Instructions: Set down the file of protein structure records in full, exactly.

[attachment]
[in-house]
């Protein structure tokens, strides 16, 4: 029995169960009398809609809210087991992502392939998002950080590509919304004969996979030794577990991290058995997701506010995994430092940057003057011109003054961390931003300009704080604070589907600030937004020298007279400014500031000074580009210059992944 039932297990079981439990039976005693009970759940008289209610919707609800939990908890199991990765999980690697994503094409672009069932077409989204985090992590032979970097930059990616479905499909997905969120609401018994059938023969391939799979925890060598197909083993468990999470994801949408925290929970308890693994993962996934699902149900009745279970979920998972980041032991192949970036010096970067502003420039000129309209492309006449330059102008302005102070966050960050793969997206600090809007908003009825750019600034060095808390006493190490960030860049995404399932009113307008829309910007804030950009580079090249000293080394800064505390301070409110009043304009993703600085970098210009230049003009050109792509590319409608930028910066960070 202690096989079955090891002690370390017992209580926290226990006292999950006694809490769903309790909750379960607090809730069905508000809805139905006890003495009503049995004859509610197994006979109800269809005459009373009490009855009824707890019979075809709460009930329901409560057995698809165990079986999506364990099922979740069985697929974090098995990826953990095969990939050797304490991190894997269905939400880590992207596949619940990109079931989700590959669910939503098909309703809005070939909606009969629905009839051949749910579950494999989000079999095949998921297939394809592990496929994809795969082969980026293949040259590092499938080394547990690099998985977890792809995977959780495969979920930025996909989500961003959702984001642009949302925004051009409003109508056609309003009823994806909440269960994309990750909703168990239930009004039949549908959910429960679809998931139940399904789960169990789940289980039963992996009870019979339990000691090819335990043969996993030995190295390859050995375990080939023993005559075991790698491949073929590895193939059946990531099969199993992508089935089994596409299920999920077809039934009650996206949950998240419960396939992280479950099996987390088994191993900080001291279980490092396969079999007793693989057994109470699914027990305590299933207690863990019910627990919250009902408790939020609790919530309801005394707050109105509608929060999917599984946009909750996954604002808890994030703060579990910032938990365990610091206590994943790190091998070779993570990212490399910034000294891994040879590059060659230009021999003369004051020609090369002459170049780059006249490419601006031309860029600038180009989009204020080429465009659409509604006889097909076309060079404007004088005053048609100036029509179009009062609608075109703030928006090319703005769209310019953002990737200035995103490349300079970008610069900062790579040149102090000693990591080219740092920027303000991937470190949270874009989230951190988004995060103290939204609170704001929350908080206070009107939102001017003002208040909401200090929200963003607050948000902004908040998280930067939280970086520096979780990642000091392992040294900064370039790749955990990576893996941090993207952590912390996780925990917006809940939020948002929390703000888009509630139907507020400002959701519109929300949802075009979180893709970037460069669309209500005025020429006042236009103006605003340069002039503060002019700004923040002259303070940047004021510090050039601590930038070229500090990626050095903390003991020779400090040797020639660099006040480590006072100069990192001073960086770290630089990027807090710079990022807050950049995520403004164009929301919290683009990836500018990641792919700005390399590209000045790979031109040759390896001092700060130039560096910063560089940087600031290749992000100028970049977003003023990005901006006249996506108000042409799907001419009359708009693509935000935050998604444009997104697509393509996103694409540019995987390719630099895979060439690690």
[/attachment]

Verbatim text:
[in-house]
């Protein structure tokens, strides 16, 4: 029995169960009398809609809210087991992502392939998002950080590509919304004969996979030794577990991290058995997701506010995994430092940057003057011109003054961390931003300009704080604070589907600030937004020298007279400014500031000074580009210059992944 039932297990079981439990039976005693009970759940008289209610919707609800939990908890199991990765999980690697994503094409672009069932077409989204985090992590032979970097930059990616479905499909997905969120609401018994059938023969391939799979925890060598197909083993468990999470994801949408925290929970308890693994993962996934699902149900009745279970979920998972980041032991192949970036010096970067502003420039000129309209492309006449330059102008302005102070966050960050793969997206600090809007908003009825750019600034060095808390006493190490960030860049995404399932009113307008829309910007804030950009580079090249000293080394800064505390301070409110009043304009993703600085970098210009230049003009050109792509590319409608930028910066960070 202690096989079955090891002690370390017992209580926290226990006292999950006694809490769903309790909750379960607090809730069905508000809805139905006890003495009503049995004859509610197994006979109800269809005459009373009490009855009824707890019979075809709460009930329901409560057995698809165990079986999506364990099922979740069985697929974090098995990826953990095969990939050797304490991190894997269905939400880590992207596949619940990109079931989700590959669910939503098909309703809005070939909606009969629905009839051949749910579950494999989000079999095949998921297939394809592990496929994809795969082969980026293949040259590092499938080394547990690099998985977890792809995977959780495969979920930025996909989500961003959702984001642009949302925004051009409003109508056609309003009823994806909440269960994309990750909703168990239930009004039949549908959910429960679809998931139940399904789960169990789940289980039963992996009870019979339990000691090819335990043969996993030995190295390859050995375990080939023993005559075991790698491949073929590895193939059946990531099969199993992508089935089994596409299920999920077809039934009650996206949950998240419960396939992280479950099996987390088994191993900080001291279980490092396969079999007793693989057994109470699914027990305590299933207690863990019910627990919250009902408790939020609790919530309801005394707050109105509608929060999917599984946009909750996954604002808890994030703060579990910032938990365990610091206590994943790190091998070779993570990212490399910034000294891994040879590059060659230009021999003369004051020609090369002459170049780059006249490419601006031309860029600038180009989009204020080429465009659409509604006889097909076309060079404007004088005053048609100036029509179009009062609608075109703030928006090319703005769209310019953002990737200035995103490349300079970008610069900062790579040149102090000693990591080219740092920027303000991937470190949270874009989230951190988004995060103290939204609170704001929350908080206070009107939102001017003002208040909401200090929200963003607050948000902004908040998280930067939280970086520096979780990642000091392992040294900064370039790749955990990576893996941090993207952590912390996780925990917006809940939020948002929390703000888009509630139907507020400002959701519109929300949802075009979180893709970037460069669309209500005025020429006042236009103006605003340069002039503060002019700004923040002259303070940047004021510090050039601590930038070229500090990626050095903390003991020779400090040797020639660099006040480590006072100069990192001073960086770290630089990027807090710079990022807050950049995520403004164009929301919290683009990836500018990641792919700005390399590209000045790979031109040759390896001092700060130039560096910063560089940087600031290749992000100028970049977003003023990005901006006249996506108000042409799907001419009359708009693509935000935050998604444009997104697509393509996103694409540019995987390719630099895979060439690690």